A Night in the Desert with Cops and Bodies All Around

I know how to act around the guys with guns that are protected by badges just like I know how to act around a potentially dangerous dog.

Don’t make sudden movements, don’t turn your back, DON’T KEEP YOUR HANDS IN YOUR POCKETS. Simple stuff really. But the key is that you cannot LOOK like you are aware of how to act around them, that is a challenge to them. Sure sure, after the last few years in the US, this all probably goes without saying; but back in the mid-90s, there was no internet to teach people how not to act and most people thought of the cops as the good guys.

One lesson I’ve learned to live by: I abide cops and the law the same way I abide a vicious guard dog–I avoid them and do no business with those who use them and hide behind them.

This is a true story. One time, I was kind of stuck in the middle of the Nevada desert in the middle of the night. No car would stop for except for the county Highway Patrol. They stopped short of me, keeping their bright in my face instead of pulling up next to me or beyond me to stop as a potential ride would. Although blinded, I somehow saw a glimmer of the red and blue above the lights, so I unconsciously put my arms out away from my body.

As the patrolmen then began getting out of their cars and maintaining bright flashlights in my eyes, I heard them say, “Oh look, he must have been through this before.” And then to me, “You obviously have something to hide, or else you wouldn’t be trying to make it look like you don’t.”

“No sir, I just know how to act around the men with the guns in the middle of nowhere in the middle of the night.”

Well, they ran my ID and sweated me for a while, but I was nothing if not a savvy hitchhiker, I’d done my research and knew little tricks of legalities like how far from pavement one can stand and legally stick his thumb out for a free, long-distance trip. So they didn’t have anything to use to take me in on and I hadn’t challenged their immediate authority over me.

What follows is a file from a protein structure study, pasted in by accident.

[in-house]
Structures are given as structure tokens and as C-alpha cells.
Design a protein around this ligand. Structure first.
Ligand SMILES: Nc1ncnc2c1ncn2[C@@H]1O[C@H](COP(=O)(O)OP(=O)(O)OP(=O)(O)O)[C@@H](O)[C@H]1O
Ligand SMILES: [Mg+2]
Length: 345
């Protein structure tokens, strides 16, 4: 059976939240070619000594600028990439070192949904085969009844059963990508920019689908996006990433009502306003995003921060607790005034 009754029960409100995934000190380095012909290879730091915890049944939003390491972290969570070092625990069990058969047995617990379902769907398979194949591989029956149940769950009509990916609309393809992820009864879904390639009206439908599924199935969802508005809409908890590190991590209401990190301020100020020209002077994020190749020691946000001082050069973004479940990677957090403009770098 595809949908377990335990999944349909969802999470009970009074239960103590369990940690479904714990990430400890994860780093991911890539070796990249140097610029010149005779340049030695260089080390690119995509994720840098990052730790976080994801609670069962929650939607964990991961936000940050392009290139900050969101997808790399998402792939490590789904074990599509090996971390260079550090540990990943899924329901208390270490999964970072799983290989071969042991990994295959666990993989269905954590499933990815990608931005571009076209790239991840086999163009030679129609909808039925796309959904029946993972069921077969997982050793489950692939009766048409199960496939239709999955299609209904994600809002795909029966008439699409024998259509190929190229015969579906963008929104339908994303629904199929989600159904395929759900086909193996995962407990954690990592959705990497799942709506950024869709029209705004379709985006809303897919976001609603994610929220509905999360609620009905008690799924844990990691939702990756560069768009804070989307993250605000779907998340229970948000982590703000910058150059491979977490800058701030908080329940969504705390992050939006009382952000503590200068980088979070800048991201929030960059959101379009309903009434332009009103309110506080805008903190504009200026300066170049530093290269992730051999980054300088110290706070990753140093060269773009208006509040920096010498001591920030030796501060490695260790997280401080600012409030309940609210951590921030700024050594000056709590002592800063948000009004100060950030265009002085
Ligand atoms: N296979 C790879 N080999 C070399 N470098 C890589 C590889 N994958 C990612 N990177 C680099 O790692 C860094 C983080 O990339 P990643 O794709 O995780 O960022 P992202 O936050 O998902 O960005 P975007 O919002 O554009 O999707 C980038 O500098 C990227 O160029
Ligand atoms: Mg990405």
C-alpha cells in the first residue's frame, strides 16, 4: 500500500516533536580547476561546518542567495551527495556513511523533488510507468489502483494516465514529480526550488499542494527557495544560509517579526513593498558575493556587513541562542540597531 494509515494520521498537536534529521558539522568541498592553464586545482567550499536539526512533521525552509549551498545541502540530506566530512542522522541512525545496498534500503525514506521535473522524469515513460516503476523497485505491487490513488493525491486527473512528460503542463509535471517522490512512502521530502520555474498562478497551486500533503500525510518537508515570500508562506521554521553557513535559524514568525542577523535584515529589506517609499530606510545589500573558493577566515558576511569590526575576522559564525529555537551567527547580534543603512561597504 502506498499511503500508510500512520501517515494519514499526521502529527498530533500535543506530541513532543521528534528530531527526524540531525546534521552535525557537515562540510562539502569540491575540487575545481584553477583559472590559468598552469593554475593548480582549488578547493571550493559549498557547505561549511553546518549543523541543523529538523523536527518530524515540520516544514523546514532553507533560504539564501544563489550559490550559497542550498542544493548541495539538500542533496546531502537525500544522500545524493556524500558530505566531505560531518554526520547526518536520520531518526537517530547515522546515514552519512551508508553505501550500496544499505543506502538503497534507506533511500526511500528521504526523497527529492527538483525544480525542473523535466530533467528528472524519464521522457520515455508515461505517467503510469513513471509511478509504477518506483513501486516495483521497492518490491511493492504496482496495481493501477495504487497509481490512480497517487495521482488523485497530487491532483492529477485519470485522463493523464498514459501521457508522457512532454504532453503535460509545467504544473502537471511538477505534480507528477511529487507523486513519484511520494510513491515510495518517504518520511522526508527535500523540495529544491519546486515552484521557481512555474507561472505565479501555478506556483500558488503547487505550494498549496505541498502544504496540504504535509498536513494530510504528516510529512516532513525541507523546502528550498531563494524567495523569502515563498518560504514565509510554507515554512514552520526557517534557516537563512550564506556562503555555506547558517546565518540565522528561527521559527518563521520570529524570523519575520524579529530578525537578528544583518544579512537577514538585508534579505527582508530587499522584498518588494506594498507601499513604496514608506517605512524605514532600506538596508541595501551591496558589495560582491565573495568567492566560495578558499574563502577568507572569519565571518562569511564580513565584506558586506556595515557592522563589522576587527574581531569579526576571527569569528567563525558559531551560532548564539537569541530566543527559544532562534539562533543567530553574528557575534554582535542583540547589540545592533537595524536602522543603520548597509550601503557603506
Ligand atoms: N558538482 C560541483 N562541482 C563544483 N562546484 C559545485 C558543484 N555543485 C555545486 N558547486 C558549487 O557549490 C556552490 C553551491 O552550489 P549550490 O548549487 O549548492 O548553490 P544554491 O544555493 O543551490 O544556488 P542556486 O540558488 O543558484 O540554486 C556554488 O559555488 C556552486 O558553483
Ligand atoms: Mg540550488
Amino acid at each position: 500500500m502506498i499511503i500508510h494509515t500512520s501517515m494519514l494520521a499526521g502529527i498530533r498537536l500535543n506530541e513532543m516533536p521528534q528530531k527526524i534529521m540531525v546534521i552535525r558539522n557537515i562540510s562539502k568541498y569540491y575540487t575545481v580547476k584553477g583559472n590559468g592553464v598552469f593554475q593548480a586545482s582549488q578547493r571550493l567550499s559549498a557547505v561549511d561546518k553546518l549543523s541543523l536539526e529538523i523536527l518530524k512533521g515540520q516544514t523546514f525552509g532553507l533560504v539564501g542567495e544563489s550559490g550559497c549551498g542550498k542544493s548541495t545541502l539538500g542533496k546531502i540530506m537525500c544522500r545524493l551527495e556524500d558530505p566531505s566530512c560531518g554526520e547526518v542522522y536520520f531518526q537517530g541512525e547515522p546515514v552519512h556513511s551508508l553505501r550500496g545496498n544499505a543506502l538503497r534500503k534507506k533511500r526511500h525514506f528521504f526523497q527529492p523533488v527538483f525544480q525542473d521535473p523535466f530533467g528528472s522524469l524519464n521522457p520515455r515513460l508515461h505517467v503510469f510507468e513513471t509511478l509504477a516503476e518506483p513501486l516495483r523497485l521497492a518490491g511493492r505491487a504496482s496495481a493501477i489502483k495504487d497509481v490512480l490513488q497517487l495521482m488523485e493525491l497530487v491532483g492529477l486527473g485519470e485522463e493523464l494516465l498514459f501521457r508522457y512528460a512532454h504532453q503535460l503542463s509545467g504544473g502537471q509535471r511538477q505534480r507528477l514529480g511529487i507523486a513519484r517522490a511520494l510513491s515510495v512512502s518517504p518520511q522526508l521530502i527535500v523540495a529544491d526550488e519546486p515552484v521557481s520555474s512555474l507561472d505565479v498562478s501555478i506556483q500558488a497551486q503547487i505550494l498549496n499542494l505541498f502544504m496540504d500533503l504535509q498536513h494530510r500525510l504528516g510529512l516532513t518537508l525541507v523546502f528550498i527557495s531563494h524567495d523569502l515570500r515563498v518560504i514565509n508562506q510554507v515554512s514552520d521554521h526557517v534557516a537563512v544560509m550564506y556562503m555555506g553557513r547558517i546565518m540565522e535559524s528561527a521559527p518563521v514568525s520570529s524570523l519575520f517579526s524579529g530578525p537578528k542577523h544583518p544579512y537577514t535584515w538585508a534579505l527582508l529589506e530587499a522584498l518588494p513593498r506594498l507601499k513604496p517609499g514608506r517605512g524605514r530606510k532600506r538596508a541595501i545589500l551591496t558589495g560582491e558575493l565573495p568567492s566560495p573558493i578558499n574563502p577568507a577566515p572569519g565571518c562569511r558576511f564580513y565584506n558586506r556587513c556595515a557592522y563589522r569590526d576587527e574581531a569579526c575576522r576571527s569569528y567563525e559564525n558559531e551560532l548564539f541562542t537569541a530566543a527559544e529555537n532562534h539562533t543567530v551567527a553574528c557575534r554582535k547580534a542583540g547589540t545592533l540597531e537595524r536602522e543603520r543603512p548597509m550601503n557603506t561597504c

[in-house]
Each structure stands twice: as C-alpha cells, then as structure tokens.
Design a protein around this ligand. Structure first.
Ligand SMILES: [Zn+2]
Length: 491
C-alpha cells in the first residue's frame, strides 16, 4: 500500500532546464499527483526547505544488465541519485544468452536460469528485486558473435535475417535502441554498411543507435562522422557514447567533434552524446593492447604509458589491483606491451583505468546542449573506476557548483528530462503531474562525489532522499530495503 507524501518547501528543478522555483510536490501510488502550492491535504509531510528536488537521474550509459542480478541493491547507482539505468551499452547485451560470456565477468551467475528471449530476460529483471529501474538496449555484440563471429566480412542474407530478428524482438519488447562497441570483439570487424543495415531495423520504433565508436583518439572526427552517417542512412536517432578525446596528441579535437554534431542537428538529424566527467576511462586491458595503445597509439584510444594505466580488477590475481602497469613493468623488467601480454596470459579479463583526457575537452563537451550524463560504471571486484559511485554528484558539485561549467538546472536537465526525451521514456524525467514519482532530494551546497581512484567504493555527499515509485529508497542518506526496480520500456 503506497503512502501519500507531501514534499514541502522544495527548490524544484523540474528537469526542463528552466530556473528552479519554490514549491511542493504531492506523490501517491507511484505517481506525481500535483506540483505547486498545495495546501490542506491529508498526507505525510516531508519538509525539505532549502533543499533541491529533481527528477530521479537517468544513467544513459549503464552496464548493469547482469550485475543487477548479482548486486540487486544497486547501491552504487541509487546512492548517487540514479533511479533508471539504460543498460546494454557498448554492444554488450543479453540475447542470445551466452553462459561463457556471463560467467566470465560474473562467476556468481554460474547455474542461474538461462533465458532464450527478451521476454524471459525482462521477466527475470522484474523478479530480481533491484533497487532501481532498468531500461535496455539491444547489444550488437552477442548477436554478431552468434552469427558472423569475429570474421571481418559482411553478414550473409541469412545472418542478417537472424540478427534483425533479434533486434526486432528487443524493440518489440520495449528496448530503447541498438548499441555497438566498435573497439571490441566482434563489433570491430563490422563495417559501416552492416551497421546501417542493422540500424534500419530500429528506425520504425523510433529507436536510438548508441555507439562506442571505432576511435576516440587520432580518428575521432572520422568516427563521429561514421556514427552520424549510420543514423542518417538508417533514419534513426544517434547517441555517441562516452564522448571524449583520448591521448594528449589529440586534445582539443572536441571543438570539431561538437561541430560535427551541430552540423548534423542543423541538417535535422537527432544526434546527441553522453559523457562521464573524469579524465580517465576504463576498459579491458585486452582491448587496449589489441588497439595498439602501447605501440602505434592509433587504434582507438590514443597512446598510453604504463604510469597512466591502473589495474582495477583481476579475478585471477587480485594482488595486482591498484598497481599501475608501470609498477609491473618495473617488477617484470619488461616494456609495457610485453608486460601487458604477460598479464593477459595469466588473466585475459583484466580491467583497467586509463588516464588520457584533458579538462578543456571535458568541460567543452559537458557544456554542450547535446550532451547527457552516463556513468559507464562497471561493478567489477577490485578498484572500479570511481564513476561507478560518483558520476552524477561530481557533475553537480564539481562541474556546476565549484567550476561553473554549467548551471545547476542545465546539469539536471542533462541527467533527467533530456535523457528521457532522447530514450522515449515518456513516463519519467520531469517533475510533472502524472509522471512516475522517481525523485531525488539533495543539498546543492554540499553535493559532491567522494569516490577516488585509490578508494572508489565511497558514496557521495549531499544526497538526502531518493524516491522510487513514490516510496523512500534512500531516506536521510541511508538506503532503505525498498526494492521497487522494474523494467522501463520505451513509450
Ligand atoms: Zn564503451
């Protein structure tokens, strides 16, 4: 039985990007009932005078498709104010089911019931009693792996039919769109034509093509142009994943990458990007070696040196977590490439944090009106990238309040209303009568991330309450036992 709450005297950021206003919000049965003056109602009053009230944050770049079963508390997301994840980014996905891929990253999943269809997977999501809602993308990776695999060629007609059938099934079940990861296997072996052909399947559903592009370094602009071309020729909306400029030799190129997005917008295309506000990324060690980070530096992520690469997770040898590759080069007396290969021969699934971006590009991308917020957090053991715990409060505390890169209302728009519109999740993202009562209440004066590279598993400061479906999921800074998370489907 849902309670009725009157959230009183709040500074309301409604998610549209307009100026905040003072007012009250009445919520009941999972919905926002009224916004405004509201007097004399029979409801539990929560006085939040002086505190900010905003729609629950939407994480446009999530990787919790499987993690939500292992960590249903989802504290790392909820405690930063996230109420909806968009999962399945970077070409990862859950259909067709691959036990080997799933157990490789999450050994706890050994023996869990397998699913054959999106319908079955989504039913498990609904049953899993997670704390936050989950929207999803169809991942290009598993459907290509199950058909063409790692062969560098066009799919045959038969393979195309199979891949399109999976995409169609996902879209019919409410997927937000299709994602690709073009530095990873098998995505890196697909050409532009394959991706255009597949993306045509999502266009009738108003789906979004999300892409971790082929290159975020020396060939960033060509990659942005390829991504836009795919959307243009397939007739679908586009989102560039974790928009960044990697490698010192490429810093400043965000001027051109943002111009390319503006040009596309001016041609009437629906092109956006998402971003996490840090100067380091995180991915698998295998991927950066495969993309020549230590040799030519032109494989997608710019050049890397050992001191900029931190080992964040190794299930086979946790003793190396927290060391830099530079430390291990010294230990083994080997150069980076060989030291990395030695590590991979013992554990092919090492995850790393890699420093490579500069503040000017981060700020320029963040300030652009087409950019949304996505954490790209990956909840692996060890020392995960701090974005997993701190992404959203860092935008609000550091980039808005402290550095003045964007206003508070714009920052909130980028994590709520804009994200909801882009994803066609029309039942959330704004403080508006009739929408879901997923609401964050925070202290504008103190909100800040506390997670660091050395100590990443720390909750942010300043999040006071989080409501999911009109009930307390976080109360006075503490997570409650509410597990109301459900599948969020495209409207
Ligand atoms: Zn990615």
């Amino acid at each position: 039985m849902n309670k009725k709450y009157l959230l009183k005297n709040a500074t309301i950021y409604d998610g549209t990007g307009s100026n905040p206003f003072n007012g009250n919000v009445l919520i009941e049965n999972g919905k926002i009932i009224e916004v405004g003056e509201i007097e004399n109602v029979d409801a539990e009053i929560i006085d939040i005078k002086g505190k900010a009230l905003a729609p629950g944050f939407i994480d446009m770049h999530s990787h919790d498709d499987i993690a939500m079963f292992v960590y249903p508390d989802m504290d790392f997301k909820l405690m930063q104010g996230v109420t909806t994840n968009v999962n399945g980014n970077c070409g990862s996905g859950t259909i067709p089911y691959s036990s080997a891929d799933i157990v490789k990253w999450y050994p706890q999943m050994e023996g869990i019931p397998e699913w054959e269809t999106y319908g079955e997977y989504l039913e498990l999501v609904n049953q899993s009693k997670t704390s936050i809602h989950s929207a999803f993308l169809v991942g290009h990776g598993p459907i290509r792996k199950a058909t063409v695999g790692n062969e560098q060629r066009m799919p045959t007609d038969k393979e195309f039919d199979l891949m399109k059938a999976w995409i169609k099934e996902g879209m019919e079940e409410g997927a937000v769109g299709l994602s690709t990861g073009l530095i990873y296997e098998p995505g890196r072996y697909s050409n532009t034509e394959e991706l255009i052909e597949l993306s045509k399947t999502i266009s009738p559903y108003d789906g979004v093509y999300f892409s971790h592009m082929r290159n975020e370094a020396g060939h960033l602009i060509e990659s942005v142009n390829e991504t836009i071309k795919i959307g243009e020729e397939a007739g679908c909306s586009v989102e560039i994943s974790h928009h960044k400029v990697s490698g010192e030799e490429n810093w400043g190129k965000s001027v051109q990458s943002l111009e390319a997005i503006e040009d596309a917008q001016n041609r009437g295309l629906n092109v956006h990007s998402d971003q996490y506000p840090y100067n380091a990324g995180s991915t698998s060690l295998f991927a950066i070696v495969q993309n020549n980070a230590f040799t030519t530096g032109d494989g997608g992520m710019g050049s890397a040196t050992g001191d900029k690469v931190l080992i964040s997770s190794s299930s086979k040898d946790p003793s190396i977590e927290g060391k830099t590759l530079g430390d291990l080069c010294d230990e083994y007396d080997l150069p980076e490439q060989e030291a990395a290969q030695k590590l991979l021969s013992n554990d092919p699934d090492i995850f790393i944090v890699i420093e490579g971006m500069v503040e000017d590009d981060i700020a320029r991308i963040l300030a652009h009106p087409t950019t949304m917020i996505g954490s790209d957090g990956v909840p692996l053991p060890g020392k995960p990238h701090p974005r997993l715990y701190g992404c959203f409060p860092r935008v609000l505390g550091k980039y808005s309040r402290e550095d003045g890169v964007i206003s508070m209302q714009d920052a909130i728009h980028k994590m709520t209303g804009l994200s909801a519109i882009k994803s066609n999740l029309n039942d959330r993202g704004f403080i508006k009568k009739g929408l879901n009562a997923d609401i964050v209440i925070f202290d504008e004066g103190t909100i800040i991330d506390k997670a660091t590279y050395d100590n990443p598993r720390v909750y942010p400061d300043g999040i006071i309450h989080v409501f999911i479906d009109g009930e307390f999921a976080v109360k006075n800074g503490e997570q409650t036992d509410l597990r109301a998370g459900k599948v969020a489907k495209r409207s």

Instead, they handed me a pen and an index card that asked for all my vital stats: weight, height, eye color etc, as well as a description of my clothing and my belongings. I asked them what it was for, and they just looked at each other and said, “Meh, don’t worry about it, YOU’LL be able to find a ride out of here.”

And they left me at that.

No cars stopped for me after that, they all flew past in excess of 90 mph. Eventually I had walked far enough to reach the next town. It was around sunrise, so I stopped off at the local diner. The waitress was very nice and asked me all about my story and how I came to be there.

I told her what she would understand of how I came to be there (the real details are really too much for most people to handle), ending with my experience with the cops from the night before. I summed up the index card with what I thought it might have been; I supposed that if they found me again, they’d have some excuse to arrest me as a vagrant.

She kind of squinted and grimaced out the window saying, “He didn’t tell you what that was for? Well, he’s my husband, and I’m going tell him he should have told you what that was.”
“Was it bad?”
Well, no. Its’jes’that, they find so many dead bodies out here that’s their way of keeping up the people they had contact with beforehand.”
“How many bodies?”
“A lot. Do you realize how close to California and Death Valley we are here? Most of them are murder victims. But a lot are guys like you, accidentally hitchhiked out here or got dumped by an angry girlfriend or wife in the middle of a car trip.”
“What? That happens?”
“Oh yeah, that happens more than you’d know. A couple on their way from the East Coast, think they are going to a better life in California, been fighting since Ohio… either he says ‘Stop the car and let me out,’ or she somehow kicks him out.”
“Really?”
“…And it’s never the guys who dump the girls, because they come back or someone will pick up a girl. But women keep going to live their life in California, meanwhile the guy wonders out here for a few days and either dies from exposure or someone shoots them from their car as they drive by.”
“What? No way, you have to be messing around with me.”
“No, I’m not. That’s kind of ‘unofficial’ sport around here, but don’t tell my husband I told you that.”

“Wow. I guess I’m glad I made it here as soon as I did.”

She then bought some bags I had weaved and other trinkets I’d learned to travel with for barter moments like that. Eventually I did make it Las Vegas and then my troubles really began.

But that, as they say, is another story.

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